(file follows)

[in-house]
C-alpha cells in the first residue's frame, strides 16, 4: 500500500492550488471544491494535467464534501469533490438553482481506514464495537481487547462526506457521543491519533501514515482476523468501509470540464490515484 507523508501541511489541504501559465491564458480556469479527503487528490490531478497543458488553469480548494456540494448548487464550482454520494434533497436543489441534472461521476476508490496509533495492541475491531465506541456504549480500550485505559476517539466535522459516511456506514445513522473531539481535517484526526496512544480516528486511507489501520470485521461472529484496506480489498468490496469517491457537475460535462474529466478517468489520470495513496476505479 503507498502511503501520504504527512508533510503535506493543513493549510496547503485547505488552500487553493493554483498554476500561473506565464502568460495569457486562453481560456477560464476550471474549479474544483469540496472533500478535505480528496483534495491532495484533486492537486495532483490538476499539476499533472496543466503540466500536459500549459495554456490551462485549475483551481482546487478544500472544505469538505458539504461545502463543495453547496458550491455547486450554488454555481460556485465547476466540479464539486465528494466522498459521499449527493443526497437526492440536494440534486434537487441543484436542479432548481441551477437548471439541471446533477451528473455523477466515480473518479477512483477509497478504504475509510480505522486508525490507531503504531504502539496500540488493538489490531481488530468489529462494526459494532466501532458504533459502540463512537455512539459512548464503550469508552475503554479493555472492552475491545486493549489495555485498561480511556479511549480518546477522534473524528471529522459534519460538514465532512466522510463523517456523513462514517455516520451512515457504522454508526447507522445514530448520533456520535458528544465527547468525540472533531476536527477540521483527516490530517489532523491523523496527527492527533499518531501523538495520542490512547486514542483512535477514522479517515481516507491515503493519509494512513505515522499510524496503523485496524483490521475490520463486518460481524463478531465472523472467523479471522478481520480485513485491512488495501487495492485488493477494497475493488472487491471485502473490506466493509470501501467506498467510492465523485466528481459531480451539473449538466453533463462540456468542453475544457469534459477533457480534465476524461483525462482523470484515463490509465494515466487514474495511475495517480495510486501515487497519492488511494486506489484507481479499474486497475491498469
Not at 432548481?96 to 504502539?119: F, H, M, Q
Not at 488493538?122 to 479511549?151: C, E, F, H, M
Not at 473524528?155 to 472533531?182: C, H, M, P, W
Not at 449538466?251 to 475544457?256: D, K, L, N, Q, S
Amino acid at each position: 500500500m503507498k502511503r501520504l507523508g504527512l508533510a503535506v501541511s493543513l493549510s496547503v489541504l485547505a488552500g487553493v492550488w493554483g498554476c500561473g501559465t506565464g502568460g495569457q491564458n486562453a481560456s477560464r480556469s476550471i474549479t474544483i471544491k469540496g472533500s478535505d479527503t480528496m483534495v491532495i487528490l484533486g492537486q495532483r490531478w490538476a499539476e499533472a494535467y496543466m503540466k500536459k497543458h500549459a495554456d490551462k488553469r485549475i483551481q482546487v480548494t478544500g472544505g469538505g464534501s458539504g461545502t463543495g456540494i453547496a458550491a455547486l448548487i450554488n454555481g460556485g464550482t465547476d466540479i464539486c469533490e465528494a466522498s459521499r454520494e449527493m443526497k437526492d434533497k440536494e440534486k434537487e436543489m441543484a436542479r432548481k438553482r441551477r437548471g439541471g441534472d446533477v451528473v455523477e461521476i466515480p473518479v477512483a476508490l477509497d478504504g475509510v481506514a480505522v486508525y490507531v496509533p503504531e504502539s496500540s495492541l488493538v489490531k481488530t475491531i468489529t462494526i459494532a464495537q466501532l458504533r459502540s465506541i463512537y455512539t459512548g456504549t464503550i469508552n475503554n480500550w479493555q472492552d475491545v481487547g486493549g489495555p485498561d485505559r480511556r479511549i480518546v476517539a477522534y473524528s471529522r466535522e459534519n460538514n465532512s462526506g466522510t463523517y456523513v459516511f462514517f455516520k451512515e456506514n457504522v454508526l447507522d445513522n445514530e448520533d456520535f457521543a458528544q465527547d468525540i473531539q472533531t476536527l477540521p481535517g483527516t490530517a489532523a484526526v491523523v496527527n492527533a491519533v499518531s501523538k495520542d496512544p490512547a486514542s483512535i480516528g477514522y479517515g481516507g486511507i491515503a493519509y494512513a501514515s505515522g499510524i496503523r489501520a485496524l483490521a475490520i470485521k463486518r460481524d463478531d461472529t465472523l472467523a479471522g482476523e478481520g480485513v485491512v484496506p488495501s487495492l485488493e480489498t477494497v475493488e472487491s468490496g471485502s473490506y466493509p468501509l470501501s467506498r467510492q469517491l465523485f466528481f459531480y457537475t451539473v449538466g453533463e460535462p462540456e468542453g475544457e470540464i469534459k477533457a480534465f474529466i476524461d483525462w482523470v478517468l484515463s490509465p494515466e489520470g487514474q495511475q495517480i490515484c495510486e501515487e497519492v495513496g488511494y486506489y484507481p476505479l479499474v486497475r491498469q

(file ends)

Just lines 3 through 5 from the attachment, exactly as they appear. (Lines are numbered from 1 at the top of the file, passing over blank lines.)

Not at 432548481?96 to 504502539?119: F, H, M, Q
Not at 488493538?122 to 479511549?151: C, E, F, H, M
Not at 473524528?155 to 472533531?182: C, H, M, P, W